40. The suggested technique has obvious limitations: (i) the issue of omitted variables has not been solved satisfactorily. Ramey RESET test run for each equation detects only functional form misspecification, while all unidentified factors which affect growth are lumped in the constant term, (ii) The exogeneity testing is largely a comparative static technique, which shows the impact of a unit change in the control variable on the target variable, assuming all other variables are kept unchanged. Although this a legitimate analytical approach, in the real world the new equilibrium is always an outcome of multiple dynamic forces, (iii) The suggested techniques assume that the particular instantaneous reform was the only factor affecting the transmission variable in the specified time period. This assumption is plausible only if, at the same time, there were no other reforms, which could potentially affect the transmission variable. If such a reform overlapped in time with other reform of the same sector, the impact of a particular reform may not be distinguishable.

41. The above conclusions and interpretations should be treated only as suggestive. The econometric literature on economic policy analysis is in its infancy, reemerging after several years of silence stemming from the general fatigue from trying to explain the poor performance of macro models. Substantial additional work—both theoretical and empirical— is needed before conclusions based on the testing for exogeneity could be considered reliable. In particular, the following extensions and refinements seem fruitful: (i) introducing the concept of testability of reforms along the lines of the concepts of predictability and forecastability, suggested in Clements and Hendry (1998); (ii) allowing the testing of econometric models of economic reforms with non-stationary variables building from the concept of joint stationarity within a cointegrating framework, as in Hendry (1999); (iii) conducting a comprehensive specification search through a multi-step model reduction to ensure model congruence, i.e., that it embodies all available information on a particular reform; (iv) development of a formal testing procedure to distill control variables from transmission variables, because each plays its specific role in the suggested procedure; (v) assessing whether the exogeneity-based testing dominates other available means for testing for effectiveness of a particular reform and thus uncover its encompassing ability; and (vi) applying, after inevitable refinements, these techniques to assessing results of instantaneous reforms in countries benefiting from IMF financial resources, technical assistance, and policy advice.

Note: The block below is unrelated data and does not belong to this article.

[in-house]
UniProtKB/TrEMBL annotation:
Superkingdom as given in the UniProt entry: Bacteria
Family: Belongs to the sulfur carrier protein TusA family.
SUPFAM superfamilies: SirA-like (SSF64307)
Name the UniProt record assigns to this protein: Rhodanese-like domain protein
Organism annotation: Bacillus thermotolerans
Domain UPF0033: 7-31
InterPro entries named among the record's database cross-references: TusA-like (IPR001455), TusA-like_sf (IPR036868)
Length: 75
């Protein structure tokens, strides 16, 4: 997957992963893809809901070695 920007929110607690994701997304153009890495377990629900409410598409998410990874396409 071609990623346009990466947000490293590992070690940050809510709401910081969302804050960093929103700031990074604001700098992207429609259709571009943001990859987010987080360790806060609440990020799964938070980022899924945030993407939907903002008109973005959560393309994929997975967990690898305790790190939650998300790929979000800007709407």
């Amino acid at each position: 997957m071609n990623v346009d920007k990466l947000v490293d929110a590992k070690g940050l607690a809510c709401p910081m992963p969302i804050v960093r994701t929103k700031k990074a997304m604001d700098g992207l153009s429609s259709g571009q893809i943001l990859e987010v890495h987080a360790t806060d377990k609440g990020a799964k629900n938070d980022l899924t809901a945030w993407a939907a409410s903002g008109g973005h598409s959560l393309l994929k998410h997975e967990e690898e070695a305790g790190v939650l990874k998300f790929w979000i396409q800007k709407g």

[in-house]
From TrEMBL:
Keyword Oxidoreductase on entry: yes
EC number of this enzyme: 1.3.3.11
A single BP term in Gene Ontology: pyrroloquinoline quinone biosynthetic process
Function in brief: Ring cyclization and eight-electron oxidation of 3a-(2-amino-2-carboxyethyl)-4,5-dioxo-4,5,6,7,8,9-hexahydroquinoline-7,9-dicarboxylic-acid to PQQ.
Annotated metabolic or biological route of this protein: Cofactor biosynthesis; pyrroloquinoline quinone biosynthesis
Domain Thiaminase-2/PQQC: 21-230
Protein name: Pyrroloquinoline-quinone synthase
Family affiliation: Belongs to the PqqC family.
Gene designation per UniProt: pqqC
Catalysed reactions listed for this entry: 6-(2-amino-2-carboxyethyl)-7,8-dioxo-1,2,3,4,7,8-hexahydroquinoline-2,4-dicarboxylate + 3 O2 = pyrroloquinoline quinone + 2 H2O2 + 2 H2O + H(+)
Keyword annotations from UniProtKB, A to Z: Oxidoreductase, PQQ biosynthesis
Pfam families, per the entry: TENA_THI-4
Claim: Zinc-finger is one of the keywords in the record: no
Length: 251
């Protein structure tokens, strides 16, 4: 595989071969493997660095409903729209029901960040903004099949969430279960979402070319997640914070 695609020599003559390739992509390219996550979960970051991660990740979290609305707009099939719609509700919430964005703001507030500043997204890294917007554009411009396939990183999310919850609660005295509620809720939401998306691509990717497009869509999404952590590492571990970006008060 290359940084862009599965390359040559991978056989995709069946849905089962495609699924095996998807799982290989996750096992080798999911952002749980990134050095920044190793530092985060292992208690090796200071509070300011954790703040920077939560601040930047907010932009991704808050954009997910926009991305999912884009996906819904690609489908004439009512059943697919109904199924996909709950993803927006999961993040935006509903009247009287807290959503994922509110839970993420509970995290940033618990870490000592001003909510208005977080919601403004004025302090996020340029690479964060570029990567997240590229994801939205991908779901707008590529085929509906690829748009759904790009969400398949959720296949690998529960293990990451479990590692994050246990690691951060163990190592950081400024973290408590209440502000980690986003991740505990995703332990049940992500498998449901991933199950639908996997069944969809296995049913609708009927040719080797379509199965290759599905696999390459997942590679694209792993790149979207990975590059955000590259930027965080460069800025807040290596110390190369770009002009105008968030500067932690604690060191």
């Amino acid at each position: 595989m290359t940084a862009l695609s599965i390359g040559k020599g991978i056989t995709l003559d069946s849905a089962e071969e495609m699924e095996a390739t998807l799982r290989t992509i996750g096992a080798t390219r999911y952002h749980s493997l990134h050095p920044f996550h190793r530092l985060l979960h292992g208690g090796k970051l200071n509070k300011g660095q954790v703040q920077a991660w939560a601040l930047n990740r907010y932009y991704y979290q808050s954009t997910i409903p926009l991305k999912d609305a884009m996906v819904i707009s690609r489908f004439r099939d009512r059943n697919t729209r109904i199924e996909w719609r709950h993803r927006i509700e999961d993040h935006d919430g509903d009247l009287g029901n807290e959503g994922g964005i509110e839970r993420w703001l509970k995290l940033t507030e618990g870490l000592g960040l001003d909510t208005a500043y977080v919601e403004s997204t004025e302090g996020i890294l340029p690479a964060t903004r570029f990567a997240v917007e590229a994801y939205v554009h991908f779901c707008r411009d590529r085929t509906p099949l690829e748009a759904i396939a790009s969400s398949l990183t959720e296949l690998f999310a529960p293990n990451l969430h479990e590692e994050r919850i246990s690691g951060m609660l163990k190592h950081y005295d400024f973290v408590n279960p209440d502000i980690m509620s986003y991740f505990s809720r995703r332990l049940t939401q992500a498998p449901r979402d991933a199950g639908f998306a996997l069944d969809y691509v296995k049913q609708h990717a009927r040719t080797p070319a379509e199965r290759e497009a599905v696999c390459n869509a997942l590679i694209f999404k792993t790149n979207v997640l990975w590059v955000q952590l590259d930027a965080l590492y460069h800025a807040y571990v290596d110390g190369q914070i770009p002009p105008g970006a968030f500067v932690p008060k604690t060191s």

APPENDIX I

Definitions of Variables

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4. Tests for stability of λ1

Citation: IMF Working Papers 2001, 156; 10.5089/9781451857405.001.A001

Recursive estimations for Y, B, I, and R: one-step aliead residuals 0+/−2σt scaled log-likelihood, and breakpoint Chow statistics for each equation and for the marginal model as a whole rescaled by their one-off 5 percent critical value.
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1.5. Impulse Response Analysis

(Full model and the model conditional on R)

Citation: IMF Working Papers 2001, 156; 10.5089/9781451857405.001.A001

Source: Staff estimates.Note: Y, 1, C are the variables of the full model; y, i, c are the corresponding variables of the model conditional on R.
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4. Tests for stability of λ1

Citation: IMF Working Papers 2001, 156; 10.5089/9781451857405.001.A001

Recursive estimations for Y, I, and T: one-step ahead residuals 0+/-2σt, scaled log-likelihood, and breakpoint Chow statistics for each equation and for the marginal model as a whole rescaled by their one-off 5 percent critical value.